SPORTS AND PASTIMES OF ALL NATIONS
#48 - AMERICAN NEGROES
Size: 3" x 5"
Lithographer: Kaufmann & Strauss
|"COPYRIGHT" Text Variations
|There are two varieties (that I know of) in the
"COPYRIGHT" text which appears on this
card, as shown below. The text appears at the
bottom edge of the card, but in slightly
different positions, as noted below.
Text reads: "PAINTING COPYRIGHTED 1893 ARBUCKLE BROS."
This is the more common wording that appears on
the cards in this series. For this card it
appears on a single line at the very bottom of
the possum-hunting scene at right.
Text reads: "COPYRIGHT, 1893, BY ARBUCKLE BROS.N.Y." (This
is the variety shown on the full-size card
above.) This is a less common wording that's only
known to appear on a limited number of cards in
this series. For this card, it's split between
two lines below and to the right of the cake-walk scene.
|(For an overview
of the copyright variations in Sports & Pastimes, click
|Reverse - Text
YOUR COFFEE AT HOME
American Negro is a child of
nature, and one of the most
entertaining, interesting and
happy of beings. His disposition
is sunny, he is a born humorist,
and has an inexhaustible fund of
good-nature and spirits. There is
infection to laughter even in the
unctuous tones of his rich voice.
He is fond of display, gorgeous
in his choice of colors and
hunting is much practised in the
warmer portions of this country
by the negroes. The opossum is
the daintiest of dishes to their
taste. To catch one requires
great skill, for these animals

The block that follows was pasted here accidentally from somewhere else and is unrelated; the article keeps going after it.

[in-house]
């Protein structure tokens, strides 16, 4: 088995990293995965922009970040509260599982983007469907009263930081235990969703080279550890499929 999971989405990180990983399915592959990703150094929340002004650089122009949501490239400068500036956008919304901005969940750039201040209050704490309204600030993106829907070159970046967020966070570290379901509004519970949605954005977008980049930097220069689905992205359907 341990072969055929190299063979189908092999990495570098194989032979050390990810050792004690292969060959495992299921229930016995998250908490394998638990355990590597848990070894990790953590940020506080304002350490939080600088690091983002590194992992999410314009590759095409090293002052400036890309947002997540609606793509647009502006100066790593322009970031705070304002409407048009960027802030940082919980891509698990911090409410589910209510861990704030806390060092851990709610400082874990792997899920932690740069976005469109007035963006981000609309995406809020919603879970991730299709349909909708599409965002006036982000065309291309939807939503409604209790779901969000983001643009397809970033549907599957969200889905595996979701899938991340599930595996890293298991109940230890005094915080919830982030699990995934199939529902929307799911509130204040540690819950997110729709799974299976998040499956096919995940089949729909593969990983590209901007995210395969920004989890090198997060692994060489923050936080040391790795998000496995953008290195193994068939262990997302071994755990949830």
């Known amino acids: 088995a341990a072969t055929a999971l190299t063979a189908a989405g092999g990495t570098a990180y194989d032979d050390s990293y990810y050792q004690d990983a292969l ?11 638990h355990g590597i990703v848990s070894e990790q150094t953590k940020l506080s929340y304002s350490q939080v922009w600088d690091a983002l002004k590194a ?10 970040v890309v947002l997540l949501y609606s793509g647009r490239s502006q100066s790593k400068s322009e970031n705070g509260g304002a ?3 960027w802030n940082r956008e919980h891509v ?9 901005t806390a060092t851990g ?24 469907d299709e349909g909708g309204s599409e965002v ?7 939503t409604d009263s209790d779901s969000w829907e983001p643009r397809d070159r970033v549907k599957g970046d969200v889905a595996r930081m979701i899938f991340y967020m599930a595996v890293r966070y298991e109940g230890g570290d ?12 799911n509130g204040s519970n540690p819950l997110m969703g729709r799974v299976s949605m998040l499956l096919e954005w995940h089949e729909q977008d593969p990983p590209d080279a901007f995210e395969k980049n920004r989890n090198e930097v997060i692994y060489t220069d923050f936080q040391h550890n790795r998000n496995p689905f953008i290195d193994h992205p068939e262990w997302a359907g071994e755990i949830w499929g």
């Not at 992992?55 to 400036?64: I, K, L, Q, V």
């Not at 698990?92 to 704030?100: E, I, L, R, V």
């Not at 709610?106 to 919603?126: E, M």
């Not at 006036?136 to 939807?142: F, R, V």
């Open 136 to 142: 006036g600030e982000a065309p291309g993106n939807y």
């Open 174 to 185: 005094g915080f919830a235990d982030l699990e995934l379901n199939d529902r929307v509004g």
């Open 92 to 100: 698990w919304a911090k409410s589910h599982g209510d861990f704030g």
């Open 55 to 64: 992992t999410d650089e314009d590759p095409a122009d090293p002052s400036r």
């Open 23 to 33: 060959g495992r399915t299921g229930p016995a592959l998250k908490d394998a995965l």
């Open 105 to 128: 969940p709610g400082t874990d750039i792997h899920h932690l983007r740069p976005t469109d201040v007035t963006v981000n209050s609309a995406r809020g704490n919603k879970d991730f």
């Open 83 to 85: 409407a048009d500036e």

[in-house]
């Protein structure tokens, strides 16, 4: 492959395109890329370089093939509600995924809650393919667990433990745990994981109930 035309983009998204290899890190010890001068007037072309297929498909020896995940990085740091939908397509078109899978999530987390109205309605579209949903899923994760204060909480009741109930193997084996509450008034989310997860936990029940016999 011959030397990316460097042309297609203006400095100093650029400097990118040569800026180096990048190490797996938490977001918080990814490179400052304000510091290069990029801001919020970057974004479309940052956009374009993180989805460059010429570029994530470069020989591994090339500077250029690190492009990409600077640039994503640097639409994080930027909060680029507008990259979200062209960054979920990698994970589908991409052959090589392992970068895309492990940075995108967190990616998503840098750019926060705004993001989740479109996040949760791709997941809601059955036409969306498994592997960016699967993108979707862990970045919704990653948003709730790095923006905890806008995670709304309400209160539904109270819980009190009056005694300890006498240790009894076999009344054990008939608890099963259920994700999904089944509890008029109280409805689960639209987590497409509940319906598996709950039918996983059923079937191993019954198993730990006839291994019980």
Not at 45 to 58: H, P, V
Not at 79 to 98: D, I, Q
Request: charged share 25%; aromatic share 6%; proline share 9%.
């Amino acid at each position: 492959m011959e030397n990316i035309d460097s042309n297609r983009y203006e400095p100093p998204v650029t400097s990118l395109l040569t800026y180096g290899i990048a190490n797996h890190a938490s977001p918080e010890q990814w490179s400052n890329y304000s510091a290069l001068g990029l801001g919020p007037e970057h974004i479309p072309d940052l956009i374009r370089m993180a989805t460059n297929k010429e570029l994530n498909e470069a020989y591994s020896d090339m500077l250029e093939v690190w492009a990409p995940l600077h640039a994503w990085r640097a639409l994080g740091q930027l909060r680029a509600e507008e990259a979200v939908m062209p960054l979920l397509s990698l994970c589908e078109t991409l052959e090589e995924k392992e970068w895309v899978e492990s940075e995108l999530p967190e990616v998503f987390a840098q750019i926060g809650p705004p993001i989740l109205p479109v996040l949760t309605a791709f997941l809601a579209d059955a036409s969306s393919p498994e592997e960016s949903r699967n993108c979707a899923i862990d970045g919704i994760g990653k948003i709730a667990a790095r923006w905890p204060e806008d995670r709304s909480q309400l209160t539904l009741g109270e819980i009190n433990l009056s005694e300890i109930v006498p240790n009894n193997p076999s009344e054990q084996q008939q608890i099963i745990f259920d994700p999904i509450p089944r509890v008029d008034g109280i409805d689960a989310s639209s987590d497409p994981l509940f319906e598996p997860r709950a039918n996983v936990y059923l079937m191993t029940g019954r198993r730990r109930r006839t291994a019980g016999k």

are very tricky, and even
simulate death so well, when
caught, as to deceive the novice.
It is the object to capture the
opossum without injuring his
hide, as this has a market value.
'Possums are oftenest 'treed,'
but they are also caught in
traps; the former method is
sportsmanlike, and generally
requires an arduous chase.
cake-walk is one of the most
original and entertaining of
amusements. This is an exhibition
participated in by as many
couples as may choose to compete.
The idea is based upon the simple
desire of being pronounced the
most graceful and best of
walkers. Human nature is so
constituted that this challenge
is accepted by most of the young
negroes of a community. Judges
are appointed, and before them
pass in serious and sober
fashion, to the accompaniment of
music, couple after couple. They
award the prize, a cake, to the
best deserving, to the envy of
banjo is the favorite instrument
of. the negro and adds to gayety
of his home life in his cabin.
Here while thrumming the notes,
and beating time with his foot,
he teaches his young pickaninnies
to make their crude steps in
harmony with the music. The bones
and the tambourine, rude and
elementary as they are, played by
negroes as accompaniments to
their vocal music, add much that
is pleasing to the effect.
NOTE: To see non-Arbuckle usage of this
supposedly copyrighted Arbuckle illustration,